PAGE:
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Scream at Your Own Risk (and Your Children’s)

Mom-yell-boy-ears-300x204By BONNIE ROTHMAN MORRIS

Published: November 9, 2004

The thing about children is that sometimes they misbehave.

They disobey. They talk back. They ignore their chores and fight with their siblings.

Even the most patient parent can end up hollering. Indeed, yelling at children is so common in American households that most parents view it as an inevitable part of childrearing.

But in some cases, researchers say, yelling can become a form of emotional abuse. And children whose parents consistently raise their voices or combine yelling with insults, criticism, ridicule or humiliation may suffer from depression, dips in self-esteem or demonstrate more aggression themselves.

While physical abuse of children has been widely studied, child development specialists have in recent years begun to focus more attention on emotional abuse, which studies suggest can be equally harmful. In 2002, the American Academy of Pediatrics urged pediatricians to be aware of the risk factors of psychological maltreatment of children.

The academy’s report, based on numerous studies, said that “a chronic pattern of psychological maltreatment destroys a child’s sense of self and personal safety.”

Almost every parent yells at one time or another. A 2003 study by Dr. Murray A. Straus and Carolyn J. Field, published in The Journal of Marriage and Family, found that 88 percent of the 991 families interviewed reported shouting, yelling or screaming at their children in the previous year. Of the families with 7-year-old children, 98 percent reported having yelled.

In another study, not yet published, Dr. George Holden at the University of Texas and his colleagues followed 132 parents and their newborn infants over four years. Thirty-five percent of the parents reported yelling at their children before they were 1. By the time the children were 4, 93 percent said they had.

Not all children suffer as a result. Researchers say that content and context matter. The tone, what is said and the frequency can mitigate or exacerbate its effects.

“The difference comes in how the yelling is used,” said Bonnie Harris, a parent educator in Peterborough, N.H., and author of “When Your Kids Push Your Buttons: And What You Can Do About It.” “Is it blaming and shaming?” she asked. “If the child is being held responsible for the parent’s feelings and behavior, then the yelling can have a deleterious effect.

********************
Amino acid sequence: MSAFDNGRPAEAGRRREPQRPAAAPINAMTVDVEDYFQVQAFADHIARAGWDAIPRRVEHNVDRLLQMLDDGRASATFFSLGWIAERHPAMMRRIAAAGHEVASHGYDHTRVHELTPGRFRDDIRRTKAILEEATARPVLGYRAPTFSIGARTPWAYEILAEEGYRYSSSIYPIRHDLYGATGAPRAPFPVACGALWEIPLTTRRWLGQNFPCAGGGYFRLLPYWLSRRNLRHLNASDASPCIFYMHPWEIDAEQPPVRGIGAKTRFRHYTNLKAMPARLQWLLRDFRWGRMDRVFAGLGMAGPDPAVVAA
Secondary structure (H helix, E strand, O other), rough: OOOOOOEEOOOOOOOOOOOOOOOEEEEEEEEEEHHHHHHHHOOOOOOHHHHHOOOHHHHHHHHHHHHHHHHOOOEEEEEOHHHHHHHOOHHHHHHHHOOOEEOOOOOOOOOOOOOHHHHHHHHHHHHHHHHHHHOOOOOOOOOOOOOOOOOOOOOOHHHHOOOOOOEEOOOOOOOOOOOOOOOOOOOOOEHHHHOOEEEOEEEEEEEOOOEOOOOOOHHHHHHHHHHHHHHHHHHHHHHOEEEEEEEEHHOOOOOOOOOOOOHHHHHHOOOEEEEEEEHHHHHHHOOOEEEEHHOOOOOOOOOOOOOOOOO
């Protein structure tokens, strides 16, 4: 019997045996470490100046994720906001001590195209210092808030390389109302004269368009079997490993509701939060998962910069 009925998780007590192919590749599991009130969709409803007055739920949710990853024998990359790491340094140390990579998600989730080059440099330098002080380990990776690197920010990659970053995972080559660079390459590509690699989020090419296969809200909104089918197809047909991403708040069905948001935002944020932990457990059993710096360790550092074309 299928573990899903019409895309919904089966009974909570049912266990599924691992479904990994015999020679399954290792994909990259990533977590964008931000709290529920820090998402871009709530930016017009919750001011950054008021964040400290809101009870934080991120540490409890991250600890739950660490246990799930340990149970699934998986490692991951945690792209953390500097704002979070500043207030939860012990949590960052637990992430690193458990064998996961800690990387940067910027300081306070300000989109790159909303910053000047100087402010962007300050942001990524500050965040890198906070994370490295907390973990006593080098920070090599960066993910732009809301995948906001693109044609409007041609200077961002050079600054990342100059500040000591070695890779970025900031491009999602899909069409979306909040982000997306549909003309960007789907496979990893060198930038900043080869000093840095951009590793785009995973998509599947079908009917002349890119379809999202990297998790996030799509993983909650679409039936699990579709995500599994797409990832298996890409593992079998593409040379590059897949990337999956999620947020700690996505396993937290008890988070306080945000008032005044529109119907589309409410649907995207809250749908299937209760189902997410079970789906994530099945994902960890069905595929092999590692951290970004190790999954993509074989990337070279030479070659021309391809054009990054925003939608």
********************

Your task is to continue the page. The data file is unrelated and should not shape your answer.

“But not if the parent is just venting without blame, saying, ‘I am really angry, I can’t stand this anymore,’ ” Mrs. Harris said. “You have just as much right to your emotions as your children do.”

Researchers are trying to codify the definition of emotional abuse while, at the same time, understanding more about its effects. A study in the July 2001 issue of The American Journal of Psychiatry that compared 49 subjects with depersonalization disorder with 26 emotionally healthy subjects, found that emotional abuse was the most significant predictor of mental illness, more so than sexual and physical abuse.

Dr. Straus, director of the Family Research Laboratory at the University of New Hampshire, said yelling could set a bad example for children that affects the way they handle social interactions later on.

“Yelling sets the tone for family relationships that carry over for dating relationships where you get a lot of psychological aggression,” Dr. Straus said.

Still, in the context of a supportive family environment, raised voices do not necessarily signal trouble, a study published last summer in The Journal of Emotional Abuse says.

“Other familial factors (particularly, having an emotionally warm and close relationship with at least one parent) appear to ameliorate the potential negative effects and also, to play a greater role in long-term psychological outcomes than yelling or other forms of aggressive acts,” Dr. Anupama Sharma, assistant professor of psychology at Eastern Illinois University and a co-author of the study, said in an e-mail message.

Some experts even say that yelling can be useful, teaching children about failures in a safe environment.

“Children have to understand that we as parents are not perfect and every once in a while we lose it,” said Dr. Bennett Leventhal, director of child and adolescent psychiatry at the University of Chicago. “It’s far better to understand at home that sometimes people get beyond their limit.”

But as most parents can testify, screaming at children is often not effective.

“Yelling overpowers children, it makes them feel frustrated and angry, and what can happen is that after a while kids become immune to being yelled at. They tune it out,” said Dr. Myrna B. Shure, a professor of psychology at Drexel University, who conducted a five-year study, financed by the National Institute of Mental Health, of children from kindergarten to fourth grade.

The yelling can also make parents feel worse.

Jen Sayre, a mother of three from Rockingham County, N.H., said she hated yelling at her children.

“I feel so sad and out of control when I’m yelling and I’m mad at myself,” she said.

Mrs. Sayre does not yell often, she said, because she and her husband took workshops with Mrs. Harris to help them be more effective parents.

That was four years ago. Today, on the rare occasion that Mrs. Harris raises her voice, a child pipes up and puts her in her place.

“My kids will look at me now and say, ‘Mommy, this is your issue, you need to work on that,” Mrs. Sayre said. “I try everything I can do not to yell, but when I do yell, I apologize.”